Australian scientists have helped shed new light on volcanic eruptions, using Hawaii’s months-long Kilauea disaster which destroyed hundreds of homes.
After analysing the eruption on Hawaii’s Big Island beginning in May 2018, researchers from France, the UK, US and Tasmania say changes in the speed of vibrations travelling through a volcano could be used to pinpoint its imminent eruption.
Ten days before the eruption of Kilauea, the University of Tasmania’s Gerrit Olivier says he and his colleagues found these vibrations inside the volcano’s magma chamber changed dramatically.
“The volcano is constantly bulging and contracting as the pressure inside the magma chamber changes,” Dr Oliver said.
“The behaviour of the seismic wave speeds are initially quite predictable.
“When the volcano bulges, the speed at which the vibrations travel through the volcano increase slightly as material is compressed. On the other hand, when the volcano contracts these wave speeds decrease.”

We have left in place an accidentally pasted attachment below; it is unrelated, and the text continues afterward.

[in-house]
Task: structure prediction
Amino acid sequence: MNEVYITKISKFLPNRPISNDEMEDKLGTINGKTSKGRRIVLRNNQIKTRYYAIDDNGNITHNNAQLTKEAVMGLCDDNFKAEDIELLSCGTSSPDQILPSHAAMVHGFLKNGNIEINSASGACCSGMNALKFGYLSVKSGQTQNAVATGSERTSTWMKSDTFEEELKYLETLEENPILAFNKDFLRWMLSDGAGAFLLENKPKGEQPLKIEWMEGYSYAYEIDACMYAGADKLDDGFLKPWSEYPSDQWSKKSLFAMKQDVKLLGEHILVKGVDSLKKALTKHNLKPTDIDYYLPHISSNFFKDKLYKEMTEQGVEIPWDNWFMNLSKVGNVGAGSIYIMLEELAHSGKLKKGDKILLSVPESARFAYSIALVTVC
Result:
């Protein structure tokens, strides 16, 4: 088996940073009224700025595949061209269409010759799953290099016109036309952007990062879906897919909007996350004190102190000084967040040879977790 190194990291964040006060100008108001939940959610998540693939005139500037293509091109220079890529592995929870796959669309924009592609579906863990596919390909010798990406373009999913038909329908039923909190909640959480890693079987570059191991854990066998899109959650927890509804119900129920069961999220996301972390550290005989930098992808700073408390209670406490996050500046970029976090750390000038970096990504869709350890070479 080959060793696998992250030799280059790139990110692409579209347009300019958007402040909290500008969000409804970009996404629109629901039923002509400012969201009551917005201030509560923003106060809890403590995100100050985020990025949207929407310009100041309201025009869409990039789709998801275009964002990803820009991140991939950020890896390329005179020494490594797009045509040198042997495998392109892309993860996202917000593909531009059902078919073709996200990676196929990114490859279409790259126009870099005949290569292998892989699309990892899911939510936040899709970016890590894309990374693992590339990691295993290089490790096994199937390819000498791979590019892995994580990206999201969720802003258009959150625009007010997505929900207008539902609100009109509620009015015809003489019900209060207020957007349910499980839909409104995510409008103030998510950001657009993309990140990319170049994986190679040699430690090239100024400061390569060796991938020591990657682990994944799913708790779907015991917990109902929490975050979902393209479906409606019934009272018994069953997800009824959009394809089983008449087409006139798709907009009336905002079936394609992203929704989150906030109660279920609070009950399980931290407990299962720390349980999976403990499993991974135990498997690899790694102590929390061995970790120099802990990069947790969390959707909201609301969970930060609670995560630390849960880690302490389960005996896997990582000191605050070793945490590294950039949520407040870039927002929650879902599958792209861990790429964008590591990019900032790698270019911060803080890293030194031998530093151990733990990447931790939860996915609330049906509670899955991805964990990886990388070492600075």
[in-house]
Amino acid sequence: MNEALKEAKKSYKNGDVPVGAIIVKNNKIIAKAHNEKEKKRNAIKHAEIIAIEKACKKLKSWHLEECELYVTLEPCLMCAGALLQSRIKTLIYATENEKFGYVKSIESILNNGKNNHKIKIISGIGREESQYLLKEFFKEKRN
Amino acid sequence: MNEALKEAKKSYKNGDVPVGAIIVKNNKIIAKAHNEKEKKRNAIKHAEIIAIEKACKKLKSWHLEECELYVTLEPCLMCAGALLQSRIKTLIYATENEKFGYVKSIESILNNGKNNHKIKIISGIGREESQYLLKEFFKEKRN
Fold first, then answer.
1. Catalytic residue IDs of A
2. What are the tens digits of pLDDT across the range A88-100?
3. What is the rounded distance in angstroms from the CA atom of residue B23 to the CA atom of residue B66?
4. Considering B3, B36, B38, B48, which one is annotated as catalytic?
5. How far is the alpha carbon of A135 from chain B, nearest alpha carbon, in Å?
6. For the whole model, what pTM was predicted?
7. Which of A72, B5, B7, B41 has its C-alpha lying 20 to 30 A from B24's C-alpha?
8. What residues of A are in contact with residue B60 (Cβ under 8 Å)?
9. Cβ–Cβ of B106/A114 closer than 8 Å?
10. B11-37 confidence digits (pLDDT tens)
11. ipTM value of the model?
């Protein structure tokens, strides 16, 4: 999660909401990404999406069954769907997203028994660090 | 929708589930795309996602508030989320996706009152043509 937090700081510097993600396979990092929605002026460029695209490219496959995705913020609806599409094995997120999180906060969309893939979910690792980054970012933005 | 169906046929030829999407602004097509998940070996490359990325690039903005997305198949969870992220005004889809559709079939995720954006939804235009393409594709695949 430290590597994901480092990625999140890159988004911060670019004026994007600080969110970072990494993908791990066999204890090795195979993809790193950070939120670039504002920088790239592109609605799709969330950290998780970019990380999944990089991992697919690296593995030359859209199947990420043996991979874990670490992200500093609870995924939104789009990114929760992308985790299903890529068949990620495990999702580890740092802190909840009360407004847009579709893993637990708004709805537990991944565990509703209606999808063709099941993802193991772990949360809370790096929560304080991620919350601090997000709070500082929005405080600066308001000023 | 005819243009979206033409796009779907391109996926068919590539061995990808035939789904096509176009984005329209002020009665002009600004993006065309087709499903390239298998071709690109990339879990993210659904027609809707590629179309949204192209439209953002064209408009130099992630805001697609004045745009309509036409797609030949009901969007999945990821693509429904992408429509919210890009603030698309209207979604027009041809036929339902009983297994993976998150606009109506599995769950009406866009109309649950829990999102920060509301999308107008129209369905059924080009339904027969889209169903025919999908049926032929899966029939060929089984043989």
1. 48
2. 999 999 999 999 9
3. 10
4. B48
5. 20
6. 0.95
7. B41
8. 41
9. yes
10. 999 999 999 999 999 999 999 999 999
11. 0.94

Days before the May 3 eruption, Kilauea was still bulging because of a build-up of pressure, but the vibrations stopped speeding up and instead slowed right down.
“This is a good indicator that the volcano isn’t able to sustain the pressure inside the magma chamber anymore, that the bulge is too big and it starts breaking the material around the magma chamber which ultimately leads to the eruption,” Dr Oliver said.
These changes have been recorded before, but the study said it was the first time it showed them occurring because of a weakening of material inside the volcano just before an eruption.
Dr Oliver and his colleagues hope this method could be used to help predict when other volcanoes will erupt, after Kilauea spewed out 800 million cubic metres of lava destroying more than 700 homes.